A recent story in the Journal-World pretty much put to rest any questions about whether waving an advertising sign at a busy intersection in Lawrence is a job most people would want. The question that it didn’t answer, however — and the question city officials perhaps should ask themselves — is whether those signs constitute a nuisance that should be addressed by a city ordinance.
When reporter Chad Lawhorn talked to the sign-wavers at 23rd and Iowa streets, he learned that it was common for motorists to wave at the workers or perhaps offer a less-friendly gesture. When Lawhorn invited motorists to express their opinion of the sign-wavers by honking their horns, the drivers complied.
With all the current research and conversation about drivers being distracted by cell phones or other electronic devices, it seems logical to ask whether these human billboards at busy intersections constitute a dangerous distraction. When motorists are waving, honking or just reading the signs, their attention is being drawn from their primary activity: driving. It’s not hard to imagine that distraction contributing to rear-end collisions or more serious accidents.
City officials say sign-holders in the public right of way don’t need to have permits and attempts to regulate the practice would be complicated by concerns about protecting First Amendment rights to expression. Nonetheless, it seems that there would be ways to rein in a business practice that many residents find visually annoying, if not hazardous.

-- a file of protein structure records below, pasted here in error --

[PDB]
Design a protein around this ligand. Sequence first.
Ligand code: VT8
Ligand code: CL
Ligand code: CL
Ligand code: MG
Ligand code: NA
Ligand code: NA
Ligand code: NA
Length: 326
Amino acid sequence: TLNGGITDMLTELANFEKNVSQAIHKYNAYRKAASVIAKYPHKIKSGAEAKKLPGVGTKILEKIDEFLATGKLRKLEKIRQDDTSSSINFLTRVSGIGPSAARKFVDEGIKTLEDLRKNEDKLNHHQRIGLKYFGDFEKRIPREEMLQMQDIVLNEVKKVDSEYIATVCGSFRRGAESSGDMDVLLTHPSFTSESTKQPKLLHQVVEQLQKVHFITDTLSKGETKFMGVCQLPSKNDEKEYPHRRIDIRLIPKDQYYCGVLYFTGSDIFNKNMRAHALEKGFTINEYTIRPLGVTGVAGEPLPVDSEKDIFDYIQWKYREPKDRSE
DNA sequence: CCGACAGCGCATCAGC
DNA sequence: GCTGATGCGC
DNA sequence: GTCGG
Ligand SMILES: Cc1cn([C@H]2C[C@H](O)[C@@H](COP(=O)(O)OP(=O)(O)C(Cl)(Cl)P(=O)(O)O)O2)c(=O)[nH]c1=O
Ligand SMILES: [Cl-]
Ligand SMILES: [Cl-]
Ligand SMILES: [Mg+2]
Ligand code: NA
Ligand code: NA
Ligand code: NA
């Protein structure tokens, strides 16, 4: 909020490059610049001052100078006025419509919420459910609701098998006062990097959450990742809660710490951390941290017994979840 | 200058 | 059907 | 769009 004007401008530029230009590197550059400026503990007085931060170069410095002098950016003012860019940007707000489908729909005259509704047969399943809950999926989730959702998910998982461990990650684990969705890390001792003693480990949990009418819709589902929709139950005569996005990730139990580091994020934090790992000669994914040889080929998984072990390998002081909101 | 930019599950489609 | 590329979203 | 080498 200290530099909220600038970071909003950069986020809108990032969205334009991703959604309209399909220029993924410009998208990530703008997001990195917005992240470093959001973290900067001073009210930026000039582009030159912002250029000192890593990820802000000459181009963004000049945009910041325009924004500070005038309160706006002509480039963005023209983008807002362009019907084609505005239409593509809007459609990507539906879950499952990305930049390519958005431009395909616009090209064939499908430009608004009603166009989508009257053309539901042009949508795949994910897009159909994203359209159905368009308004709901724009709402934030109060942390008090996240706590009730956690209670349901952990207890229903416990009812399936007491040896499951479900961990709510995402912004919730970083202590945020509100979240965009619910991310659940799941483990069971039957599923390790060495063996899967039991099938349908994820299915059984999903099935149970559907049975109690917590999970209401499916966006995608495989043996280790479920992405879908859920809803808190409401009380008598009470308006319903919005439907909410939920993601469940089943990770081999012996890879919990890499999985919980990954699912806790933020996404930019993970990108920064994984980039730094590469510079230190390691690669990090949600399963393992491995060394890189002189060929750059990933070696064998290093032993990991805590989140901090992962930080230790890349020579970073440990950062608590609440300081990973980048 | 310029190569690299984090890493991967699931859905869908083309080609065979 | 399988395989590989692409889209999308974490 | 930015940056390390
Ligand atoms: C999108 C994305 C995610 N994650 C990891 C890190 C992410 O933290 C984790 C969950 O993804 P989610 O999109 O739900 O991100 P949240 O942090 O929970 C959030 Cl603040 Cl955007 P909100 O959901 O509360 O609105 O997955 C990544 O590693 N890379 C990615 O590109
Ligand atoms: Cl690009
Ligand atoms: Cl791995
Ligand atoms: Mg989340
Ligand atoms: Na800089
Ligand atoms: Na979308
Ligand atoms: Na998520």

The city may not be able to regulate political speech, but could it eliminate signs that are being waved to advertise a commercial venture? Or require that sign-holders advertising a business be located within a certain number of feet of that business?
Nothing against the intersection sign-wavers personally, but many people see them as not only distracting to drivers but also detracting from the general appearance of the city. The business owners who use them must think they attract customers, but some observers may wonder whether the sign-wavers project the kind of image a business would want to foster.
The city has all kinds of regulations governing the placement of permanent signs in the community. The goal of those restrictions is to contribute to a desirable visual character in the city and to make sure signs don’t obstruct the view of motorists. From both a safety and aesthetic standpoint, regulating human signboards at busy intersections might be worth a look by city officials.